• , Mo Chen
    • , Takahiro Suzuki
    • , Mildred Embree
    • , Kimi Kong
    • , Chang H. Lee
    • , Ling He
    • , Lusai Xiang
    • , Jeffrey A. Ahn
    •  & Jeremy J. Mao
  2. Department of Biomedical Engineering, Columbia University, 500 W. 120th St., Mudd 510, New York, NY 10027, USA

    • Bhranti S. Shah
    •  & Jeremy J. Mao
  3. Guanghua School of Stomatology, Hospital of Stomatology, Sun Yat-sen University, 56 Lingyuanxi Road, Guangzhou 510055, China

    • Ling He
    • , Lusai Xiang
    •  & Jeremy J. Mao
  4. Gladstone Institute of Cardiovascular Disease, Department of Pharmaceutical Chemistry, University of California San Francisco, 505 Parnassus Ave, San Francisco, CA 94122, USA

    • Sheng Ding

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Contributions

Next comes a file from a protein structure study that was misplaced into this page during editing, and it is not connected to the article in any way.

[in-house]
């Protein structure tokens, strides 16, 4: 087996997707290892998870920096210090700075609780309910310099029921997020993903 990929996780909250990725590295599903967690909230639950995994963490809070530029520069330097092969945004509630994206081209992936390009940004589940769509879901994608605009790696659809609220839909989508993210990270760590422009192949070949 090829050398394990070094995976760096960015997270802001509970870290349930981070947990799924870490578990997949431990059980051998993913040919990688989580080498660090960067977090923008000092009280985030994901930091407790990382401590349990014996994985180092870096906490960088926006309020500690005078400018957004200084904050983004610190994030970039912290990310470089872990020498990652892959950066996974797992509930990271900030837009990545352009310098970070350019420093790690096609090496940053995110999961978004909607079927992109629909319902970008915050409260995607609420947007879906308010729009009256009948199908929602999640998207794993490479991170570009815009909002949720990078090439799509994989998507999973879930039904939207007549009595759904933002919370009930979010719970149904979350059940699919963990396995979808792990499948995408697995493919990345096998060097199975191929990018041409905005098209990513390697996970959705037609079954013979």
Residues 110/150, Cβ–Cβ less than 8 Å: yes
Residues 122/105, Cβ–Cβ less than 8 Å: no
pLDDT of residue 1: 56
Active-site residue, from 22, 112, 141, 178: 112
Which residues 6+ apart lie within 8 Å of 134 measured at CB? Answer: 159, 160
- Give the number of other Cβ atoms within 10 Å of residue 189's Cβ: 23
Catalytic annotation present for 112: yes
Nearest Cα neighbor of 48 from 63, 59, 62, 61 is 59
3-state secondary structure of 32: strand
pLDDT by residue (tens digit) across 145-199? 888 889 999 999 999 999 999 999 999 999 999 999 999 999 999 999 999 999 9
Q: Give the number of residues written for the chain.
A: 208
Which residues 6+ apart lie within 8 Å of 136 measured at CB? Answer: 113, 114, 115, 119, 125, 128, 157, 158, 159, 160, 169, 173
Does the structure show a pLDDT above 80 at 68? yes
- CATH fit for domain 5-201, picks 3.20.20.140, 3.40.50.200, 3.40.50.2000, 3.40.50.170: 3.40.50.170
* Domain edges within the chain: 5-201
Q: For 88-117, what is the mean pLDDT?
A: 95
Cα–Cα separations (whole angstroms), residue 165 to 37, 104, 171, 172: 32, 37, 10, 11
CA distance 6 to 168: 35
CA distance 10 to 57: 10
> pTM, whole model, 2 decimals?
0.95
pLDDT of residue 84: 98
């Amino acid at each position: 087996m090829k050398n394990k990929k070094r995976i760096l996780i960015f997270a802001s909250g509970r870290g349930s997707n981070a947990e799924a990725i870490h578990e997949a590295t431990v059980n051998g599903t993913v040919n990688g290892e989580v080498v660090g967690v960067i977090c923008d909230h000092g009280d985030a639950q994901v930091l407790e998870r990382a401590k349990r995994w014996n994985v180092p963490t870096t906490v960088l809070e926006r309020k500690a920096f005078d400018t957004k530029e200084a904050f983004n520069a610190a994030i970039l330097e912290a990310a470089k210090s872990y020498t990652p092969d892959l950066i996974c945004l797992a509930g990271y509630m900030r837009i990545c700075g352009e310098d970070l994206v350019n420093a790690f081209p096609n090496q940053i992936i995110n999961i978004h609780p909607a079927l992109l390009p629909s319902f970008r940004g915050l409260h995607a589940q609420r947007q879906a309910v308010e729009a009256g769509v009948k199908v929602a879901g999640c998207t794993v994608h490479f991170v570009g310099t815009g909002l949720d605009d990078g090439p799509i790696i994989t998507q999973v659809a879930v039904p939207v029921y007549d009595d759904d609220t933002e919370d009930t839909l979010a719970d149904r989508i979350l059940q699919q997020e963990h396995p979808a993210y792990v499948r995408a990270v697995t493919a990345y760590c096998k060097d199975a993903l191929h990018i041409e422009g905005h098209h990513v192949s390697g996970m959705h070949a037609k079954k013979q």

B.S.S. designed and performed the experiments, analyzed the data and drafted the manuscript; M.C. assisted in designing the experiments and analyzing the data; T.S., M.E., K.K. assisted in experimental design. C.H.L. assisted in designing 3D printed scaffolds. L.H., L.X. and J.A.A. assisted in data analysis. S.D. provided Ptn. J.J.M. designed the experiments, analyzed the data and finalized the manuscript.

Competing interests

The authors declare no competing financial interests.

Corresponding author

Correspondence to Jeremy J. Mao.